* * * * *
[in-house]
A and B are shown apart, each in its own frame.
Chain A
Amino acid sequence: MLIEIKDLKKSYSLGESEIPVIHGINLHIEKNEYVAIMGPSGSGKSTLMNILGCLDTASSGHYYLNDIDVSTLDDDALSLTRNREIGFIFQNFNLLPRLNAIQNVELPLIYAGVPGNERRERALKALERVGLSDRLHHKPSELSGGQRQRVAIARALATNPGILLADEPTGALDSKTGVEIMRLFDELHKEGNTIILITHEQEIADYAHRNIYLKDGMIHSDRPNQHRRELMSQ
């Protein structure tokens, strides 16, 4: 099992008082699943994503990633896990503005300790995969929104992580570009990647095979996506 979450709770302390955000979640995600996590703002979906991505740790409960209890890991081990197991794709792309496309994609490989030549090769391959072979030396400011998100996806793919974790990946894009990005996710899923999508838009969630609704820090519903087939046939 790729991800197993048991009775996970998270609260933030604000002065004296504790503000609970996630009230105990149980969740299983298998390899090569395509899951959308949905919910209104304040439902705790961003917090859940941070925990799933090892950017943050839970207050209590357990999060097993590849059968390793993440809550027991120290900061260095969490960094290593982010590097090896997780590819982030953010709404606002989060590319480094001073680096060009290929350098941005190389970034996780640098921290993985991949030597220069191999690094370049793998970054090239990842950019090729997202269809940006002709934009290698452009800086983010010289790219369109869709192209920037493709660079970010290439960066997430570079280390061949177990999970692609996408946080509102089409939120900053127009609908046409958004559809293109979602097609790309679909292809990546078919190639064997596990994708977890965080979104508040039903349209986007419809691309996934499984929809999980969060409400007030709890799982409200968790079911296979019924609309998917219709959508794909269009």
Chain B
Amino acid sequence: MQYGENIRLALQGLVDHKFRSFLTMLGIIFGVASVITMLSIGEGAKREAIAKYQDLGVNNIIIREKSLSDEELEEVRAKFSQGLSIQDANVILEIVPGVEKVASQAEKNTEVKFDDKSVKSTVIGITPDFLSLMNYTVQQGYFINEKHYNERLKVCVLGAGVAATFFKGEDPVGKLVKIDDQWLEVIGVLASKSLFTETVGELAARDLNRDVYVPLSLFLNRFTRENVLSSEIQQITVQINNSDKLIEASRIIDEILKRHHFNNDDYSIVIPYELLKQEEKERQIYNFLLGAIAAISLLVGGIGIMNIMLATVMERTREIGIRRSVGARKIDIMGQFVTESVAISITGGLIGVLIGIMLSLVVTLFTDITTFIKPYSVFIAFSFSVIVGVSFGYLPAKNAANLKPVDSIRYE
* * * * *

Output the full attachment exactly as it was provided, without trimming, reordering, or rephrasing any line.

[in-house]
A and B are shown apart, each in its own frame.
Chain A
Amino acid sequence: MLIEIKDLKKSYSLGESEIPVIHGINLHIEKNEYVAIMGPSGSGKSTLMNILGCLDTASSGHYYLNDIDVSTLDDDALSLTRNREIGFIFQNFNLLPRLNAIQNVELPLIYAGVPGNERRERALKALERVGLSDRLHHKPSELSGGQRQRVAIARALATNPGILLADEPTGALDSKTGVEIMRLFDELHKEGNTIILITHEQEIADYAHRNIYLKDGMIHSDRPNQHRRELMSQ
């Protein structure tokens, strides 16, 4: 099992008082699943994503990633896990503005300790995969929104992580570009990647095979996506 979450709770302390955000979640995600996590703002979906991505740790409960209890890991081990197991794709792309496309994609490989030549090769391959072979030396400011998100996806793919974790990946894009990005996710899923999508838009969630609704820090519903087939046939 790729991800197993048991009775996970998270609260933030604000002065004296504790503000609970996630009230105990149980969740299983298998390899090569395509899951959308949905919910209104304040439902705790961003917090859940941070925990799933090892950017943050839970207050209590357990999060097993590849059968390793993440809550027991120290900061260095969490960094290593982010590097090896997780590819982030953010709404606002989060590319480094001073680096060009290929350098941005190389970034996780640098921290993985991949030597220069191999690094370049793998970054090239990842950019090729997202269809940006002709934009290698452009800086983010010289790219369109869709192209920037493709660079970010290439960066997430570079280390061949177990999970692609996408946080509102089409939120900053127009609908046409958004559809293109979602097609790309679909292809990546078919190639064997596990994708977890965080979104508040039903349209986007419809691309996934499984929809999980969060409400007030709890799982409200968790079911296979019924609309998917219709959508794909269009």
Chain B
Amino acid sequence: MQYGENIRLALQGLVDHKFRSFLTMLGIIFGVASVITMLSIGEGAKREAIAKYQDLGVNNIIIREKSLSDEELEEVRAKFSQGLSIQDANVILEIVPGVEKVASQAEKNTEVKFDDKSVKSTVIGITPDFLSLMNYTVQQGYFINEKHYNERLKVCVLGAGVAATFFKGEDPVGKLVKIDDQWLEVIGVLASKSLFTETVGELAARDLNRDVYVPLSLFLNRFTRENVLSSEIQQITVQINNSDKLIEASRIIDEILKRHHFNNDDYSIVIPYELLKQEEKERQIYNFLLGAIAAISLLVGGIGIMNIMLATVMERTREIGIRRSVGARKIDIMGQFVTESVAISITGGLIGVLIGIMLSLVVTLFTDITTFIKPYSVFIAFSFSVIVGVSFGYLPAKNAANLKPVDSIRYE